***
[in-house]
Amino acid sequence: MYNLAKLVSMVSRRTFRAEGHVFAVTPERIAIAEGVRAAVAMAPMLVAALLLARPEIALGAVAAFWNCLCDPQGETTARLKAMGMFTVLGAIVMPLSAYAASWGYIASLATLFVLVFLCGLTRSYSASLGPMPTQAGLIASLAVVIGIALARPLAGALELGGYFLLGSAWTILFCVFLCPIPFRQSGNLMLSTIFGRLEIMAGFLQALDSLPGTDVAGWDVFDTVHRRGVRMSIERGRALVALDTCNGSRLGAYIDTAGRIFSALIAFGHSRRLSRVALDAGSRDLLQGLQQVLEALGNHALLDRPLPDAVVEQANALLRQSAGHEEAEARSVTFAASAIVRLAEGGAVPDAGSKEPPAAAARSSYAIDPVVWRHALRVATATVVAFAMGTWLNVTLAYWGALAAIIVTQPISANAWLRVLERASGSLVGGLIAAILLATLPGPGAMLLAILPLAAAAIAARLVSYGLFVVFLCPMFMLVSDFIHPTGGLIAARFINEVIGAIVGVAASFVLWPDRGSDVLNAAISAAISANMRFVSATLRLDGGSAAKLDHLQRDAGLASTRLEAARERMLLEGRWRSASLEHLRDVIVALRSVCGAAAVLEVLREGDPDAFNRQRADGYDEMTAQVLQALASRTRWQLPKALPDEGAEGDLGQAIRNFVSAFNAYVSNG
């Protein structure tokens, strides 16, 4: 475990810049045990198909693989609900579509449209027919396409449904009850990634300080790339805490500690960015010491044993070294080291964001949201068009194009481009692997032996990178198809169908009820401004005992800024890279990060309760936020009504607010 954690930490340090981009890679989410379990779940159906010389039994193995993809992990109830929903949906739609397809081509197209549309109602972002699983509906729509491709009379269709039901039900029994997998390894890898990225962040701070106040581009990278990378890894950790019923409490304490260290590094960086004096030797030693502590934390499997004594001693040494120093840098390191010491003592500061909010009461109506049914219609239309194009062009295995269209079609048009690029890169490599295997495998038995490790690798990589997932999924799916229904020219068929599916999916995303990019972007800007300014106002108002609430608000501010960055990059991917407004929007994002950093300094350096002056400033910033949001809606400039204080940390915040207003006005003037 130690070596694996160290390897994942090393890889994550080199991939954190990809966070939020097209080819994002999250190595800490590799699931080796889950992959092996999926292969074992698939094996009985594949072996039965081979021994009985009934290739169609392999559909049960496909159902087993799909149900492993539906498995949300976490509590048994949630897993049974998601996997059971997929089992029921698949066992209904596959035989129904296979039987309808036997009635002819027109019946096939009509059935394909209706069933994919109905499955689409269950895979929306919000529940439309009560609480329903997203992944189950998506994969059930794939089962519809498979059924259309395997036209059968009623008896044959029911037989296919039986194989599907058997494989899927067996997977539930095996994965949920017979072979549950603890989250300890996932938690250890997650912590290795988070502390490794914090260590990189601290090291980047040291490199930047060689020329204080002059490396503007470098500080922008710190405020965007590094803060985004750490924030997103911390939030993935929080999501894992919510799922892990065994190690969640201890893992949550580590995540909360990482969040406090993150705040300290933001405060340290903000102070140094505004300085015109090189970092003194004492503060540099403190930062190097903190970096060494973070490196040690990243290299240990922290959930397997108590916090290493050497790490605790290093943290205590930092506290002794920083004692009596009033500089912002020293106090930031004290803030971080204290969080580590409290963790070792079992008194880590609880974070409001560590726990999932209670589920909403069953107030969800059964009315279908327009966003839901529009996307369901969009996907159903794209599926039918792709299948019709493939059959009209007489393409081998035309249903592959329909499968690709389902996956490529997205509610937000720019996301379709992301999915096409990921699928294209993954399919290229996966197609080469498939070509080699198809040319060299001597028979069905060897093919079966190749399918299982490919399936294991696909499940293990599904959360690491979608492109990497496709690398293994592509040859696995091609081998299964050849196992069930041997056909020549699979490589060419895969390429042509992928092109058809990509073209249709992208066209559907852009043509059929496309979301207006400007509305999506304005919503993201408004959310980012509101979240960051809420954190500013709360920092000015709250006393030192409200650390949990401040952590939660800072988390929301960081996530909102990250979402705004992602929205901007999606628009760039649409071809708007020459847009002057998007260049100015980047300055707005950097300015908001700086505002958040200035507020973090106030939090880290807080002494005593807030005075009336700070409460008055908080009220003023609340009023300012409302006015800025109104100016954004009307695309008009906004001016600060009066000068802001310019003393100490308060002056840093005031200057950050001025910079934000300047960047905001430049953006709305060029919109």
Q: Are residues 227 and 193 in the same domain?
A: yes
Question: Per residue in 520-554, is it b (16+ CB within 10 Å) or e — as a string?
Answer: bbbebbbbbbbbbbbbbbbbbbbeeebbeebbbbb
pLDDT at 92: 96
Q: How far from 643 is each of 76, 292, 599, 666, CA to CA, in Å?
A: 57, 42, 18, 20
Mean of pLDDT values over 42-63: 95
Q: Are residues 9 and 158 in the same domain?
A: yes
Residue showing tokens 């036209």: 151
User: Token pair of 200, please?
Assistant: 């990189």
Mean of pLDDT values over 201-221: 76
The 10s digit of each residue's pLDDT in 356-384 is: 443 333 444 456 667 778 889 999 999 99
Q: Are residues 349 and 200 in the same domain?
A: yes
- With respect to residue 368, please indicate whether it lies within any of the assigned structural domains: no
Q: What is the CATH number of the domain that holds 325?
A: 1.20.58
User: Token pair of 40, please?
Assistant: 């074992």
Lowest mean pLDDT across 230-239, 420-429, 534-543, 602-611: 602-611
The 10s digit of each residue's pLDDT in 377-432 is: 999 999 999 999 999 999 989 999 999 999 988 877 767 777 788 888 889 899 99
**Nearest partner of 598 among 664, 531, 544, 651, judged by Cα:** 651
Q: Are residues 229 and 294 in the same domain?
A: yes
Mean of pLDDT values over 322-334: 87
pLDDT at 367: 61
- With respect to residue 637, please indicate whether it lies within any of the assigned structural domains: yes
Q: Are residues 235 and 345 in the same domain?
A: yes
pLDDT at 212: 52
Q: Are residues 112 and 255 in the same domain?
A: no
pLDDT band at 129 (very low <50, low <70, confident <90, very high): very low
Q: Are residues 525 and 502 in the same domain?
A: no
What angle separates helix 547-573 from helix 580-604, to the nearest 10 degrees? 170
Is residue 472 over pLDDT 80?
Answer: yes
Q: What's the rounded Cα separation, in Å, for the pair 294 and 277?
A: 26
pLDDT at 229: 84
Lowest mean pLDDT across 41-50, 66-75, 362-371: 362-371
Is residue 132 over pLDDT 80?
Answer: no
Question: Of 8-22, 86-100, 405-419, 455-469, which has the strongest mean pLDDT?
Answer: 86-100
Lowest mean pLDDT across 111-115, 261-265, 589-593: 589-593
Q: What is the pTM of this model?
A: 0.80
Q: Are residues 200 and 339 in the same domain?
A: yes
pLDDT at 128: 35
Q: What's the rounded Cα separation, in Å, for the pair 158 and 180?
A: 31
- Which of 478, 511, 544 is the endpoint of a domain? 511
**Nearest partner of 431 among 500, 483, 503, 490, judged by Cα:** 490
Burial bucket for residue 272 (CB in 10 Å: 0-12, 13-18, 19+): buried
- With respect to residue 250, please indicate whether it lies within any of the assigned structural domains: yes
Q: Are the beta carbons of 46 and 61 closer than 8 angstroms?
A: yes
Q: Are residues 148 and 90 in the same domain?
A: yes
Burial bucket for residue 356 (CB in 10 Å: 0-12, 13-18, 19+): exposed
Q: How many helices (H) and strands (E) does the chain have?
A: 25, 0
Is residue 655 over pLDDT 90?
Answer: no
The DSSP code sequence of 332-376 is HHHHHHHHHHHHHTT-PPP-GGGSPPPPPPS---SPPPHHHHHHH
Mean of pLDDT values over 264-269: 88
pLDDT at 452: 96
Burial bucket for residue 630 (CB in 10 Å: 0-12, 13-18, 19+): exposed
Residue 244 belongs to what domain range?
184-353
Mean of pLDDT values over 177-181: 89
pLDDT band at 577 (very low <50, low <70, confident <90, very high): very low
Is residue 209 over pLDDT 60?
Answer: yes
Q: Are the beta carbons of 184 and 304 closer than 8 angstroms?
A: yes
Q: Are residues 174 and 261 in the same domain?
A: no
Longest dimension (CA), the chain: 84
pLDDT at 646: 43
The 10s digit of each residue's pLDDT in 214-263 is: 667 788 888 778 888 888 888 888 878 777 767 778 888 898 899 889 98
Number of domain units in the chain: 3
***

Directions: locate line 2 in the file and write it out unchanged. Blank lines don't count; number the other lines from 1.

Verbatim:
Amino acid sequence: MYNLAKLVSMVSRRTFRAEGHVFAVTPERIAIAEGVRAAVAMAPMLVAALLLARPEIALGAVAAFWNCLCDPQGETTARLKAMGMFTVLGAIVMPLSAYAASWGYIASLATLFVLVFLCGLTRSYSASLGPMPTQAGLIASLAVVIGIALARPLAGALELGGYFLLGSAWTILFCVFLCPIPFRQSGNLMLSTIFGRLEIMAGFLQALDSLPGTDVAGWDVFDTVHRRGVRMSIERGRALVALDTCNGSRLGAYIDTAGRIFSALIAFGHSRRLSRVALDAGSRDLLQGLQQVLEALGNHALLDRPLPDAVVEQANALLRQSAGHEEAEARSVTFAASAIVRLAEGGAVPDAGSKEPPAAAARSSYAIDPVVWRHALRVATATVVAFAMGTWLNVTLAYWGALAAIIVTQPISANAWLRVLERASGSLVGGLIAAILLATLPGPGAMLLAILPLAAAAIAARLVSYGLFVVFLCPMFMLVSDFIHPTGGLIAARFINEVIGAIVGVAASFVLWPDRGSDVLNAAISAAISANMRFVSATLRLDGGSAAKLDHLQRDAGLASTRLEAARERMLLEGRWRSASLEHLRDVIVALRSVCGAAAVLEVLREGDPDAFNRQRADGYDEMTAQVLQALASRTRWQLPKALPDEGAEGDLGQAIRNFVSAFNAYVSNG